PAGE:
One of the reasons for incomplete data is delays in processing claims due to complex adjudication cycles. In some cases the processing leads to the same service being represented multiple times in the data stream. In order to collect as current data as possible the users must be able to tolerate incomplete data and understand how to transform a claim into a unique record of a clinical service. The challenge is to balance data timeliness with data completeness. The applications of the data can be designed around these limitations. In particular, algorithms that are based on risk identification over multiple months can be deployed. An example of this would be identifying and flagging a patient with a severe mental illness who is chronically missing refills of an atypical anti-psychotic. In contrast, using claims-based data to notify PCPs of emergency department visits is not practical except in states with highly evolved and inclusive Health Information Exchange systems. Properly designed alert systems and portals can be deployed by states; however, they need to be purpose-built for realistic end applications and relevance to external data users.
ZU: Has JEN experienced issues in which privacy was impeded the implementation of new technology? How do HIPAA and HITECH regulations inform your strategy around designing new health IT systems?
DG: Designing systems that comply with HIPAA and HITECH is challenging. We started to invest in rebuilding systems from the ground up to be compliant in 2005. If the privacy model is part of the original design specifications then the level of difficulty in flexibly serving different user communities with different access privileges is not unreasonable. In many respects the investment in a compliant privacy model has paid off since many of our clients prefer us to shoulder the burden of working with data sources to establish an approved data management plan and then tightly control any access to PHI. Typically our clients prefer us to use our controls to prevent any users from building reports that are not publishable because of privacy concerns. The JEN approach of supporting the user’s capacity to build their own data models based on highly granular data without then being able to see Protected Health Information (PHI) at any point has proven to be very successful with CMS, state Medicaid agencies and our system users. Because analysts can create charts, tables and even conduct statistical analyses without accessing PHI, we have avoided the need to distribute sensitive data regardless of a requestor’s level of authorization.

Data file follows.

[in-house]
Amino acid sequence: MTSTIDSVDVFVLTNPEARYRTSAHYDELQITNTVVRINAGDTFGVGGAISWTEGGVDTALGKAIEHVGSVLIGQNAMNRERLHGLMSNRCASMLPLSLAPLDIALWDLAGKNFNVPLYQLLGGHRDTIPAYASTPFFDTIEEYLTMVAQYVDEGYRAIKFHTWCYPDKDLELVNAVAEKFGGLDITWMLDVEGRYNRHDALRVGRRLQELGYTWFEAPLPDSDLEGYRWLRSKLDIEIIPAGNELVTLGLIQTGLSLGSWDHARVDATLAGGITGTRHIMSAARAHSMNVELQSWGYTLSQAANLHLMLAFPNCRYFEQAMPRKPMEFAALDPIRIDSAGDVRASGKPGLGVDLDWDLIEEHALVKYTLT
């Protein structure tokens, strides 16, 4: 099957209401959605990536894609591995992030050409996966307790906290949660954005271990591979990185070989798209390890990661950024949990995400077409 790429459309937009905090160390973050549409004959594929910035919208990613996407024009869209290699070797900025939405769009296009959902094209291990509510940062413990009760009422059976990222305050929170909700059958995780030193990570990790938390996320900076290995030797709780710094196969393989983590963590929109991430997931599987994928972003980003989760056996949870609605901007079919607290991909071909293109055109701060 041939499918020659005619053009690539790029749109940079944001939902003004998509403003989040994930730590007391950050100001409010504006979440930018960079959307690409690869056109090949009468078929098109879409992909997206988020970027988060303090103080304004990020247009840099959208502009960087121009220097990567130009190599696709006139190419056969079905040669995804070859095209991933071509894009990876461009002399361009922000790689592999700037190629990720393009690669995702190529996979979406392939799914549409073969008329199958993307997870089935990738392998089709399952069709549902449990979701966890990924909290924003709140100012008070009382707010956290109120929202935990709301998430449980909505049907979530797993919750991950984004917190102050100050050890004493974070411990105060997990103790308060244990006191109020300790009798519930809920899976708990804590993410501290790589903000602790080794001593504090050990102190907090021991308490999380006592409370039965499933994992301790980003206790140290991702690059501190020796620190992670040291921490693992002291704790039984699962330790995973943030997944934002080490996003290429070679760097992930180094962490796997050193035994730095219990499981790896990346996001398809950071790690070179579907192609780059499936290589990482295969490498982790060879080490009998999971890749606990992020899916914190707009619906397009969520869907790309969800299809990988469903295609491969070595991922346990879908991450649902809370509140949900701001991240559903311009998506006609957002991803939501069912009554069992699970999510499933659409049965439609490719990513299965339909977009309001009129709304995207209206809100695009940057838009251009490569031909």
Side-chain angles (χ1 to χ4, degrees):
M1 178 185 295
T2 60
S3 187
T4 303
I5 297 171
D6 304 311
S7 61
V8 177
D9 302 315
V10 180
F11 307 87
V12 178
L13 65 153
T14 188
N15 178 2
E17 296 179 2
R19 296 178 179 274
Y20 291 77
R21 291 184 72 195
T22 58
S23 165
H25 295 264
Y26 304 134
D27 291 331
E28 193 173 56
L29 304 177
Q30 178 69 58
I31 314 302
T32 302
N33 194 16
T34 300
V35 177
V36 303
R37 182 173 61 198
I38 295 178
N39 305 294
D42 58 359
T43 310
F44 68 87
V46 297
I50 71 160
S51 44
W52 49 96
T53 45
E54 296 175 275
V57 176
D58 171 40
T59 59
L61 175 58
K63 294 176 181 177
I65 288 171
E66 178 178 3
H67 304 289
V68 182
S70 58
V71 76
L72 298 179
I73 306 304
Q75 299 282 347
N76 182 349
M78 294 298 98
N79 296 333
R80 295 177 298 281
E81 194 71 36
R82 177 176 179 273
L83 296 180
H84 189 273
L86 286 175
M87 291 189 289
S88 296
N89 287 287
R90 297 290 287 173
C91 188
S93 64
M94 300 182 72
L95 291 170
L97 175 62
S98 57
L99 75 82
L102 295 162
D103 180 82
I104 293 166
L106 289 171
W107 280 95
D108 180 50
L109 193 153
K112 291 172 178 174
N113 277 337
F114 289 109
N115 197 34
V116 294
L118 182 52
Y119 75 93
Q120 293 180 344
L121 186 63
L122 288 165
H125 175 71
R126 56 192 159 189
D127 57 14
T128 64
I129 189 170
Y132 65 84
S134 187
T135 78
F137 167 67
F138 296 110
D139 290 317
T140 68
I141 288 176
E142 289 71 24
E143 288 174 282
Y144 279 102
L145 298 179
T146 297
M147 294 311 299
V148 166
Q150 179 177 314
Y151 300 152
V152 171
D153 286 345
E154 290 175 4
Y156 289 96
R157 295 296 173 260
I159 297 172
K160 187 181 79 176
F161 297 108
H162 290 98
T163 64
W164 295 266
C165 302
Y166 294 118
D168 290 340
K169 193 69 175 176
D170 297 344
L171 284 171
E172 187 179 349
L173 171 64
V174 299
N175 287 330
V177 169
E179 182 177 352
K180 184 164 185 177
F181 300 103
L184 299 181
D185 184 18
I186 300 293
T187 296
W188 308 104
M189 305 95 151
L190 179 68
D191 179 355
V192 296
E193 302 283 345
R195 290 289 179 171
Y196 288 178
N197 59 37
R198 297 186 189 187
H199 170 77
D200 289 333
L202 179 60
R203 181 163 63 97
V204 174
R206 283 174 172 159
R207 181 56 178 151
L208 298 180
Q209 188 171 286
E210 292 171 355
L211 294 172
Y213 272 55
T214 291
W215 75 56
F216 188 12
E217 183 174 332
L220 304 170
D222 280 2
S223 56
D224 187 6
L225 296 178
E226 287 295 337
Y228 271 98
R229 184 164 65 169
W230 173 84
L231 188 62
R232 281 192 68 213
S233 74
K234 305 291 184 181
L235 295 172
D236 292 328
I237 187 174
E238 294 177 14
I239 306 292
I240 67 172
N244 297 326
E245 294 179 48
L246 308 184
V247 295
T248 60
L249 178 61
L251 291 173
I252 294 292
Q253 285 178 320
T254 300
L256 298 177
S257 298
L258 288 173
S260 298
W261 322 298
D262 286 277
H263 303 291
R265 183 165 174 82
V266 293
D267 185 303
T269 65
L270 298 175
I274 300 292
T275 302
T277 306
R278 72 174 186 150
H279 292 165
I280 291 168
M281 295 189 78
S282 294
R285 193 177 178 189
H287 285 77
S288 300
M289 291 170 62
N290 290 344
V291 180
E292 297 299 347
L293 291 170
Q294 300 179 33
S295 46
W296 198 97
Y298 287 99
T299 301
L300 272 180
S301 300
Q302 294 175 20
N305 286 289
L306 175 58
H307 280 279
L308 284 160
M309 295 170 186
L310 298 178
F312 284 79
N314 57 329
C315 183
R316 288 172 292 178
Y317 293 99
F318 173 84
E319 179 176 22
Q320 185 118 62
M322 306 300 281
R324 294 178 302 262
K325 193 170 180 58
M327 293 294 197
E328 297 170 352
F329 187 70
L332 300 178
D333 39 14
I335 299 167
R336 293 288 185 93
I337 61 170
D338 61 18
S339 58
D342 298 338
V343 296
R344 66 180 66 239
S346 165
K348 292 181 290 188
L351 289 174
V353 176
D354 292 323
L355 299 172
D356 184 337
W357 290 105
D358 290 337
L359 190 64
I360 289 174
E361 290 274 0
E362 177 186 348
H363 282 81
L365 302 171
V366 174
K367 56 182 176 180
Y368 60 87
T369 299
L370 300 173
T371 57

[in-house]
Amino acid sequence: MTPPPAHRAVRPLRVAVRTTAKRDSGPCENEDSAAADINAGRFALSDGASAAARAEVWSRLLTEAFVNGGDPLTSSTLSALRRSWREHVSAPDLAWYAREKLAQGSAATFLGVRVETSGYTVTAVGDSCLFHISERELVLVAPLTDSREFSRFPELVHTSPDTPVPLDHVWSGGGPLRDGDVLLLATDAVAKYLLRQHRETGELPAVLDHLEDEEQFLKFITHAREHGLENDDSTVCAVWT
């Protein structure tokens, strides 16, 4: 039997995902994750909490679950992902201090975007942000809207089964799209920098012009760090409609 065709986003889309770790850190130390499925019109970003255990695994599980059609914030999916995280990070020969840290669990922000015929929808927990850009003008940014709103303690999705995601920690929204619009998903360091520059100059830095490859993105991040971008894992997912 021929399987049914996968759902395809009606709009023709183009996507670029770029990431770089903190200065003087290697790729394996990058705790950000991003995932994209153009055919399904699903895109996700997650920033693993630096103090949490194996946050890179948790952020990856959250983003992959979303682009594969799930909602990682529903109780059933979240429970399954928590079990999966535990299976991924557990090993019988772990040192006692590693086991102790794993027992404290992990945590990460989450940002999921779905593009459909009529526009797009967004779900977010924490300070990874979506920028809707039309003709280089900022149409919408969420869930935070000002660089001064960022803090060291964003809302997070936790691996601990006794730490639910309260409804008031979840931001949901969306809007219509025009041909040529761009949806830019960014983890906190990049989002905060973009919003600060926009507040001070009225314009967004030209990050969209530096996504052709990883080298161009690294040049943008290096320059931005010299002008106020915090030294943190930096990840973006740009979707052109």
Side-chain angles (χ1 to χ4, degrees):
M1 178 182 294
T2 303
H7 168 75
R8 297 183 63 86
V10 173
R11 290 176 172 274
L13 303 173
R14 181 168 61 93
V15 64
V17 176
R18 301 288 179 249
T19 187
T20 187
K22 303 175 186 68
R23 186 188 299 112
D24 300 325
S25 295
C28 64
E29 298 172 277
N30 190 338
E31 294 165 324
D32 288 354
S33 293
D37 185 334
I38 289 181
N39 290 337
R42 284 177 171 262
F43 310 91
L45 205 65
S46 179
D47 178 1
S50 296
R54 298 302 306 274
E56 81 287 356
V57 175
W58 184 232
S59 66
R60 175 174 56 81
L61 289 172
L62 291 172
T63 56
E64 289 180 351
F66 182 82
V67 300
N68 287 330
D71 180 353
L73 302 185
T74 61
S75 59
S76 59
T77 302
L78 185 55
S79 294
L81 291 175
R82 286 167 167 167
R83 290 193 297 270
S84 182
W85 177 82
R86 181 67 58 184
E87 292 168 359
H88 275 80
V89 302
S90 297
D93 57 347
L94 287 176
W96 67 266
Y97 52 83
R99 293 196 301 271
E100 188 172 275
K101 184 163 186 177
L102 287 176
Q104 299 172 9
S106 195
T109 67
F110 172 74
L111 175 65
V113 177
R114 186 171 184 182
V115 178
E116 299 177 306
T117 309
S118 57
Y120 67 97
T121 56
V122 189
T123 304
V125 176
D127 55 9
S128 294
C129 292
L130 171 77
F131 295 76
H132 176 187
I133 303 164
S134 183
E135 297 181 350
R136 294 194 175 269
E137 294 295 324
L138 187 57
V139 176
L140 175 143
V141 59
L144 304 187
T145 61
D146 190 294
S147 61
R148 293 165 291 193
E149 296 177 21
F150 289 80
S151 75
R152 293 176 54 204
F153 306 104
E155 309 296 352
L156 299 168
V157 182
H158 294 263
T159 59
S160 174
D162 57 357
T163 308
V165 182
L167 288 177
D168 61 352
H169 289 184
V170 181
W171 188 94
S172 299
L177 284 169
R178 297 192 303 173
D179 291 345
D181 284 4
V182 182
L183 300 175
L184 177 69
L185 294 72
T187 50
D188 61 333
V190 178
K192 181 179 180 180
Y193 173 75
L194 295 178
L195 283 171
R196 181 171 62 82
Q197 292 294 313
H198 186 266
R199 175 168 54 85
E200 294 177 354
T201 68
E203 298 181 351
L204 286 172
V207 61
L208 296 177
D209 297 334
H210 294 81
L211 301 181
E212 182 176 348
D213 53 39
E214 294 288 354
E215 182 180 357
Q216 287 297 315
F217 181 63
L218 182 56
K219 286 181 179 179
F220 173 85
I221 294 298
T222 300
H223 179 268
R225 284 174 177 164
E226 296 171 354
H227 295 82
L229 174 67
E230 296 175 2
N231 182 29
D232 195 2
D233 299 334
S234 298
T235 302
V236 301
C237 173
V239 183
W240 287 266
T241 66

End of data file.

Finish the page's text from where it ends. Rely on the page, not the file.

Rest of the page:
ZU: In the next five years, what do you envision the most significant changes coming to Medicaid in the data analytics area?
DG: At JEN we would like to see an investment in system intelligence that goes beyond simple surveillance and reporting from the data. Embedded in the data is a wealth of information on patterns of health services utilization that represents “optimal paths” for beneficiaries to maintain good health, recover from illness quickly and manage disability. Since health care payments are driven by institutional care–acute hospital for Medicare and nursing homes for Medicaid–the goal of the system should be to maintain people in the community while promoting health.
JEN uses the term “Healthy Days at Home” as an umbrella for this goal. While this idea encompasses beneficiary well-being it also leads to reduced state and federal payments since hospital days, skilled nursing facility days, and long term nursing facility days are minimized. The challenge is to establish data models for this outcome and to analyze data to understand what care patterns work best. For example populations with cognitive impairments are generally not ideal candidates for disease management and health promotion. However there are providers who are very good at delivering excellent physical medicine care to patients with intellectual disabilities, dementia and other conditions. An “optimal path” analysis for such high risk populations could entail the identification of service types, care trajectories and individual providers who represent best practices. This type of micro-analysis that focuses on specific high need populations for intelligent and proactive care management is what we hope future data and systems can support.